Clearly, the theme of these statements is the kingdom of God. “Born again” is what people usually focus on in this part of the conversation. However, being “born again” is not the end toward which Jesus was directing Nicodemus. It is a necessary means to that end. The new birth is necessary in order to “see” and “enter” the kingdom of God. The kingdom of God is the main concern, and it is through the new birth that one becomes a part of it.
The concept of the kingdom of God was not something new Jesus originated. It was the long held Jewish expectation that arose from the promises and prophecies God gave in the Old Testament. It was about the age to come, the messianic age, when God’s Son, the “Messiah” (which means “Anointed”), would be king over Israel and all the nations.
Psalm 2 portrays this promised reality. In Psalm 2:2, we read about the LORD’s Anointed, who turns out to be God’s Son (v. 7), and the one whom God would set as King over Israel (v. 6). To Him are given all the nations (v. 8) and they are called to submit to Him and serve Him with reverence and rejoicing (vv.10-12).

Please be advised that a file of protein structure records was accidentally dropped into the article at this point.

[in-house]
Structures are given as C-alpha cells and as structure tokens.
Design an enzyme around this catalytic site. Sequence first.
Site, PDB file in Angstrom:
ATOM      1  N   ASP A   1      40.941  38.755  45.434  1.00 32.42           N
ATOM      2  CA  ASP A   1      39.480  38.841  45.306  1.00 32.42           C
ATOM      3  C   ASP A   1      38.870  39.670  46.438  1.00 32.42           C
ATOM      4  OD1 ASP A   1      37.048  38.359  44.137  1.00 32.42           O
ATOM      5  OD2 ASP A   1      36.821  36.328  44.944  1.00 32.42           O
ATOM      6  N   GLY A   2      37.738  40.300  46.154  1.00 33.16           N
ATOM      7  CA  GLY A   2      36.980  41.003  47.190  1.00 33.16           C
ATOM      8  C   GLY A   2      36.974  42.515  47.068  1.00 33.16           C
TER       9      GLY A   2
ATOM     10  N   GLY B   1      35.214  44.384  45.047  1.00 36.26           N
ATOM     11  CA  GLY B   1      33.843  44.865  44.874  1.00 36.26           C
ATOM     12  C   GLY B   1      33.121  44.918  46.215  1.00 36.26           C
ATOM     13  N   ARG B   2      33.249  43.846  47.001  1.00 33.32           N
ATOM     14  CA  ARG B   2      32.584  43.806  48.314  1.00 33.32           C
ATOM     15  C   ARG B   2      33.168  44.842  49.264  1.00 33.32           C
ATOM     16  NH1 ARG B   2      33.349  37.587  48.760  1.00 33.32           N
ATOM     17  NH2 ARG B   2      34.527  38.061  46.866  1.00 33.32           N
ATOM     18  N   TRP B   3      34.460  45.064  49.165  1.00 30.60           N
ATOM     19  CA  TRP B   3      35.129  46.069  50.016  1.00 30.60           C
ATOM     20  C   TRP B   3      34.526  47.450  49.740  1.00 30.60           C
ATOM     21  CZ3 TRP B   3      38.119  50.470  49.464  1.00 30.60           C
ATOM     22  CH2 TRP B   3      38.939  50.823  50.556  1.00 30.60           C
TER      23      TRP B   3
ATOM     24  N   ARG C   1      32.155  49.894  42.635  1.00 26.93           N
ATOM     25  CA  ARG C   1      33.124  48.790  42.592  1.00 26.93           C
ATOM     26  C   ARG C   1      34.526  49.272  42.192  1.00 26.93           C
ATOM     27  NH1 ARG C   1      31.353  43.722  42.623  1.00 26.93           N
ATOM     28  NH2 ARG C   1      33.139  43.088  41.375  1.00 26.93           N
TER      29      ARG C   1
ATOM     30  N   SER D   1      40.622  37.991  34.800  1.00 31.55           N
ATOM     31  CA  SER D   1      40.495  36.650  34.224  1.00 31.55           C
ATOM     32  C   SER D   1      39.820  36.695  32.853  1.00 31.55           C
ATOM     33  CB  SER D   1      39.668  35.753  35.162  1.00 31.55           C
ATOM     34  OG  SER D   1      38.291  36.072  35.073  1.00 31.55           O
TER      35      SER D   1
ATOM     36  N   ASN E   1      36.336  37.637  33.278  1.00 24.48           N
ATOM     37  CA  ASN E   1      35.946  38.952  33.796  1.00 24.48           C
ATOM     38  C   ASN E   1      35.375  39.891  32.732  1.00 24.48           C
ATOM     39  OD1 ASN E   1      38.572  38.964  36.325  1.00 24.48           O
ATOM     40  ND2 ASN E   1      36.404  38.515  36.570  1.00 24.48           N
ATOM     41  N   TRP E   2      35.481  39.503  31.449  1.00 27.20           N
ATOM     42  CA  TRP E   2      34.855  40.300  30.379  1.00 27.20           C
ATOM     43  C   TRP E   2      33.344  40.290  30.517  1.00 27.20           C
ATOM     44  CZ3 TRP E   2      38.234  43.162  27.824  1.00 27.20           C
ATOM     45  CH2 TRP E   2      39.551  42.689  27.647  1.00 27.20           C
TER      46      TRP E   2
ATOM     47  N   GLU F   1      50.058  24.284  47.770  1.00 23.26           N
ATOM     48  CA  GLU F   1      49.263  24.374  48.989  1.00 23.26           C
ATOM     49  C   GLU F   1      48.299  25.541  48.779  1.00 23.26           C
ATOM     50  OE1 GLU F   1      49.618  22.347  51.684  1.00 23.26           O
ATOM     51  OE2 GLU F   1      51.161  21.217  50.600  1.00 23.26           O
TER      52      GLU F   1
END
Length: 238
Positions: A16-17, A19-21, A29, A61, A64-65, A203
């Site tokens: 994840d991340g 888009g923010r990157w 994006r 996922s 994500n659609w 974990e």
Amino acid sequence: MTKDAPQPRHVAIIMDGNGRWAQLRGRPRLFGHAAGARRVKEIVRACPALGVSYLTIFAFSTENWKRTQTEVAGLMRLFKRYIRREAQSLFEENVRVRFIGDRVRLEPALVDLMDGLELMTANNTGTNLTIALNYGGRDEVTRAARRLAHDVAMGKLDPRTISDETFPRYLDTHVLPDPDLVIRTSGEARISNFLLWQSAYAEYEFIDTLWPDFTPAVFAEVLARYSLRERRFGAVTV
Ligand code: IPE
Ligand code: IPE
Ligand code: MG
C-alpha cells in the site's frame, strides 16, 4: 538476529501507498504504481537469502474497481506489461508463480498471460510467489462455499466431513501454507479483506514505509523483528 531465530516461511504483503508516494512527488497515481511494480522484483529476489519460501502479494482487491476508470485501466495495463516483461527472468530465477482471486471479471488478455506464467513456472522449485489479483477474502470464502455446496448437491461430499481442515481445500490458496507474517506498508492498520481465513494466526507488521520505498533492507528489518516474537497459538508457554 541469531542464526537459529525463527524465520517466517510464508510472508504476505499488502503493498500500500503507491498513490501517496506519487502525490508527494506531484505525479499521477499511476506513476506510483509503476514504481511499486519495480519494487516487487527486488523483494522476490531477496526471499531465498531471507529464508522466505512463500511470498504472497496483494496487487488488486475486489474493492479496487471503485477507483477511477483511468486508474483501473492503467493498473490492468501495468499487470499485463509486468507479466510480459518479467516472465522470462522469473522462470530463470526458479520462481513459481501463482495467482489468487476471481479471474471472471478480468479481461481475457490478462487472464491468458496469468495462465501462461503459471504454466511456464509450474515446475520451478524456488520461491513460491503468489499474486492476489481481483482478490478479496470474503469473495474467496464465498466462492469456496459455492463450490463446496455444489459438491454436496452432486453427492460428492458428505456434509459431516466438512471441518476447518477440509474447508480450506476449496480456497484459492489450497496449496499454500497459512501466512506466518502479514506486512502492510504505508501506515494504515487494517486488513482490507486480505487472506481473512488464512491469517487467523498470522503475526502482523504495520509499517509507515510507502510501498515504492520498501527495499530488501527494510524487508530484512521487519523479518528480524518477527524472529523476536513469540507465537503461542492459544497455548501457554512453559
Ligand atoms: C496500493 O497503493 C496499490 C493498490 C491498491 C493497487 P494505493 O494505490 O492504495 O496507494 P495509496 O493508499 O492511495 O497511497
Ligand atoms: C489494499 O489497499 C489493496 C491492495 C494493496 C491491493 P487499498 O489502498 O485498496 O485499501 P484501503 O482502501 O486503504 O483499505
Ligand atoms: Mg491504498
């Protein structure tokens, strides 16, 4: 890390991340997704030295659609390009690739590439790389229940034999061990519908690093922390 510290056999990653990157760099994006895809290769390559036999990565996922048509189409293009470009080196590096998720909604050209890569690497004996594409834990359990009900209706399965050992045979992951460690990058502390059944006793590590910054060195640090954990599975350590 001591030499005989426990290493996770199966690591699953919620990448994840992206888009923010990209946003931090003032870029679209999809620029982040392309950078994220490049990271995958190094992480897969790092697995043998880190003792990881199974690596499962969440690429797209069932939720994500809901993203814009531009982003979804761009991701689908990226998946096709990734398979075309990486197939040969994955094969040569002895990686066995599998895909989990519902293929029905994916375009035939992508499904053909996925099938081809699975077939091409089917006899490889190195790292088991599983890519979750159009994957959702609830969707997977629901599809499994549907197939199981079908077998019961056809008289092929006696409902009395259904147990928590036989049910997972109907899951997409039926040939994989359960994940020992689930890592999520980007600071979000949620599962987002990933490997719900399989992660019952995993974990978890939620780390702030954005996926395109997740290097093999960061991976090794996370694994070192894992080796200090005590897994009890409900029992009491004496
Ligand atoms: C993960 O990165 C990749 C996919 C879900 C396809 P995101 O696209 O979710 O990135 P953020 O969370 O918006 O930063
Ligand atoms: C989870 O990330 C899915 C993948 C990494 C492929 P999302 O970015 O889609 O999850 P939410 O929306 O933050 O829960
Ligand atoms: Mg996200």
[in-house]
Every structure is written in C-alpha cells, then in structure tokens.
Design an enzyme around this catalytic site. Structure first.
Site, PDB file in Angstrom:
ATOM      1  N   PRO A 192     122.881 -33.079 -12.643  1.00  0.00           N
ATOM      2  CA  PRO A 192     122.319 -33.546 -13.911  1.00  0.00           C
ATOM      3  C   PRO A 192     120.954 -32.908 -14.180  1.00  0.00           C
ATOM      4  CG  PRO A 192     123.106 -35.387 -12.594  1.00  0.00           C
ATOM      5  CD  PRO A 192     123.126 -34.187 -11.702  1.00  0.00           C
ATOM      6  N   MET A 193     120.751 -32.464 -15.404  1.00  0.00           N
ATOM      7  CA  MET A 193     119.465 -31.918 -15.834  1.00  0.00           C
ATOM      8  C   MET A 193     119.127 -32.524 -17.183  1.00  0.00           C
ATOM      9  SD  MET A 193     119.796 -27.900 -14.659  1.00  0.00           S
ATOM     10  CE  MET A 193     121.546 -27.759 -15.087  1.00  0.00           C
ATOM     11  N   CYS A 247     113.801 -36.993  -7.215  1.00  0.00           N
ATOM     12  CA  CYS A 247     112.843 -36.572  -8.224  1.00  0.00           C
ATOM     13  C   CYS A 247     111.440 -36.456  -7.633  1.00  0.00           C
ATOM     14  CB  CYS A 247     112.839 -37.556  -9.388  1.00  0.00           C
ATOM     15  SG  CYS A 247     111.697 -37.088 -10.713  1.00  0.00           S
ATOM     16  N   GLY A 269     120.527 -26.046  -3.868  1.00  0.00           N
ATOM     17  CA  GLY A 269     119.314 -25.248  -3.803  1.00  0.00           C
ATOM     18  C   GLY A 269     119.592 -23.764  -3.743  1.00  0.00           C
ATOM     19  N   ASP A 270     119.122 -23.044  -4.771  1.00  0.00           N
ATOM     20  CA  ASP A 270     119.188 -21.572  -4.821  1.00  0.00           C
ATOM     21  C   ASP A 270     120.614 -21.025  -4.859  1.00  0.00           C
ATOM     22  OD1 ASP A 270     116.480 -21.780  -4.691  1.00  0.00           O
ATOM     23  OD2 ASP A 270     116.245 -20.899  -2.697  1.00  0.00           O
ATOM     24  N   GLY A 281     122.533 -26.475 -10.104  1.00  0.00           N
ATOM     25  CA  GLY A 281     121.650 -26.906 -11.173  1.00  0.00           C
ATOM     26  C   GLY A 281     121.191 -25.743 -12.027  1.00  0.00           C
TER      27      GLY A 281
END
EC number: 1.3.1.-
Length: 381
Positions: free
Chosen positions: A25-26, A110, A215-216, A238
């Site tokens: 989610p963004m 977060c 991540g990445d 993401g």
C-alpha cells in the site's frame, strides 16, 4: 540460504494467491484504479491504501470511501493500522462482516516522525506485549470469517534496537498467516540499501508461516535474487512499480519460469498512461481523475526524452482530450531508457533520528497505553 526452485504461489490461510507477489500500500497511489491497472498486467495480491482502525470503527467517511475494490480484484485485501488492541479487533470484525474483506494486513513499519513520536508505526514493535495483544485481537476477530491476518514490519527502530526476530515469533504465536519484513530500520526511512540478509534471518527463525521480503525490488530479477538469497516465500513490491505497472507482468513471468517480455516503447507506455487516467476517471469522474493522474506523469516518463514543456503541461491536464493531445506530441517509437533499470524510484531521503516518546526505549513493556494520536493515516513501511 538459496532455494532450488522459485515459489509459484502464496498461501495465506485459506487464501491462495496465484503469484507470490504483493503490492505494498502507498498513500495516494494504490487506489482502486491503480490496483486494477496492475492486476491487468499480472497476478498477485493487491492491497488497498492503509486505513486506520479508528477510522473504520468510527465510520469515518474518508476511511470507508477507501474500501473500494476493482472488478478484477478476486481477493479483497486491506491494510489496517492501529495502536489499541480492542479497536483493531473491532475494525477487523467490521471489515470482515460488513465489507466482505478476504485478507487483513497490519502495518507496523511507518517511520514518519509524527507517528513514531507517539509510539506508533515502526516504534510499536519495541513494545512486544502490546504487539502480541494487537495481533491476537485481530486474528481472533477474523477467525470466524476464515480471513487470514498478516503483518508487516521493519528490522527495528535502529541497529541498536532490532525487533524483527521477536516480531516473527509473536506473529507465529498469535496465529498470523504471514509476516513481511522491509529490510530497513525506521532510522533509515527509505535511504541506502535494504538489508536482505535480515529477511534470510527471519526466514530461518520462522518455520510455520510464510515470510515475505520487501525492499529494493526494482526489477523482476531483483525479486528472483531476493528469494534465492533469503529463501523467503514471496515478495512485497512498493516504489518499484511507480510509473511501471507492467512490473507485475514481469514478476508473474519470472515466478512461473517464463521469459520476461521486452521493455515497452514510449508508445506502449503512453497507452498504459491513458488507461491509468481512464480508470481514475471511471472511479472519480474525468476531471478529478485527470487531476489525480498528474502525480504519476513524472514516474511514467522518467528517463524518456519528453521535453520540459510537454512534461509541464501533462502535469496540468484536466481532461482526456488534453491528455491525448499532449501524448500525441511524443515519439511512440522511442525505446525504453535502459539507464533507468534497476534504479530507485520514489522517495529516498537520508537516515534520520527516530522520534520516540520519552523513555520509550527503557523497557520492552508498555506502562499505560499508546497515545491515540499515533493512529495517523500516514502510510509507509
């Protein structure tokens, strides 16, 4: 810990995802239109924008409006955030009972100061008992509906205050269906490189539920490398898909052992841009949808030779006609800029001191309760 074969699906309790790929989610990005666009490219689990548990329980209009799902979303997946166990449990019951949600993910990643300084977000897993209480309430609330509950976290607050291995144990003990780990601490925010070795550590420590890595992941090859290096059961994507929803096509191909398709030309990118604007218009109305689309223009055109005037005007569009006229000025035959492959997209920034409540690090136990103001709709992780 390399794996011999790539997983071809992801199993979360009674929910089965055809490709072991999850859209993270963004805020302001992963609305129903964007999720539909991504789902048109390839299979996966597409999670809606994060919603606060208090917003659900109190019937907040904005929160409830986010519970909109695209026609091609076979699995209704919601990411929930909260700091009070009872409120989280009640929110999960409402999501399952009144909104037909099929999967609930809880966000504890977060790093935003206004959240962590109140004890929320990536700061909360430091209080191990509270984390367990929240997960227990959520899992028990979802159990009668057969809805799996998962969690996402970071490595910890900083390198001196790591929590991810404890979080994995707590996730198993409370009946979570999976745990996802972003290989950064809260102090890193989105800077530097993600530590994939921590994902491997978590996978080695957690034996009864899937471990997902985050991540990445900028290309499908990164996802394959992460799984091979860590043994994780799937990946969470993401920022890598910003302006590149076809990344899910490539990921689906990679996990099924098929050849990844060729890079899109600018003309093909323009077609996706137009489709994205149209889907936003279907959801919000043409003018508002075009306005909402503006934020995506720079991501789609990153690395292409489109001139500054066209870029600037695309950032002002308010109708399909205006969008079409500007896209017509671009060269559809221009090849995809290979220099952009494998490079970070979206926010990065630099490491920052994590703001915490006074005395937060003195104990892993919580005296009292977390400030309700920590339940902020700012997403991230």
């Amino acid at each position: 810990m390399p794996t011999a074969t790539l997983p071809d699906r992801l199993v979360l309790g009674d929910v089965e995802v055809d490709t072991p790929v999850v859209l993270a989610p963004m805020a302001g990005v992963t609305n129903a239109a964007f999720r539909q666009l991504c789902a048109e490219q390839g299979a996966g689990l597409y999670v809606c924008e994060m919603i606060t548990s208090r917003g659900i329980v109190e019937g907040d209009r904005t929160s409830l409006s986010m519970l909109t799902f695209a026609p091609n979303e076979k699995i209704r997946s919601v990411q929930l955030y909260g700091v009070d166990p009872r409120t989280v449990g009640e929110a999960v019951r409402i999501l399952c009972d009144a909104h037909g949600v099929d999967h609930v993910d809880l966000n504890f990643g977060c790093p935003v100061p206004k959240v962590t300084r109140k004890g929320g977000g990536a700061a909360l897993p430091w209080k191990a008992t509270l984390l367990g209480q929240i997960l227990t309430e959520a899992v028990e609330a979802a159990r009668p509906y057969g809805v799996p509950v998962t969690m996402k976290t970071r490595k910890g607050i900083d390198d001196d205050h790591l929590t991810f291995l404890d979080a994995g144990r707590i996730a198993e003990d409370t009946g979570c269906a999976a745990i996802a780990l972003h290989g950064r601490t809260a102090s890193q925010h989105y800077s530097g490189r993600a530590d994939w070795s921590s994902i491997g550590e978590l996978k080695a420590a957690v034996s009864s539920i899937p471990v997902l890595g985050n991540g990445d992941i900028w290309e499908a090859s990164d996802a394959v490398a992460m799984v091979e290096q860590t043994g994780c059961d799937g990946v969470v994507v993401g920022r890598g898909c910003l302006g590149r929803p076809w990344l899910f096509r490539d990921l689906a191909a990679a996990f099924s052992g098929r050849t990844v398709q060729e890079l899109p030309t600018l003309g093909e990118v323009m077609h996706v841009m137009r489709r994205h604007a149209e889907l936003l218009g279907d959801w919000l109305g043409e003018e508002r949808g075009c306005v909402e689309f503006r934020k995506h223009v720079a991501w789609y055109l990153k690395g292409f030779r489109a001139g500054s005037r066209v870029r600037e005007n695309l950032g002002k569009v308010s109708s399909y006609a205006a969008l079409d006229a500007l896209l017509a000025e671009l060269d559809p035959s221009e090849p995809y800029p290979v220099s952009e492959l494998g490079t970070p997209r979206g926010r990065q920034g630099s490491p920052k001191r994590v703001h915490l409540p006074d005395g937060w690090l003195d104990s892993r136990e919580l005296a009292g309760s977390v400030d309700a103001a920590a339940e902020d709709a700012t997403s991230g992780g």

Now that kingdom had come into the world. It is what the preaching of Jesus was all about. Mark tells us, “Jesus came to Galilee, preaching the gospel of the kingdom of God, and saying, ‘The time is fulfilled, and the kingdom of God is at hand. Repent, and believe in the gospel’” (Mark 1:14-15). His teaching was all about the kingdom and His miracles demonstrated the world-changing reality of the kingdom that was now at hand. As we can see from John 2:2, Nicodemus was not unfamiliar with the teaching and miracles of Jesus, and would no doubt have recognized that it was somehow concerned with the God’s promised kingdom.
Moving forward in John 3, we find that Jesus refers to Himself also as the “Son of Man.”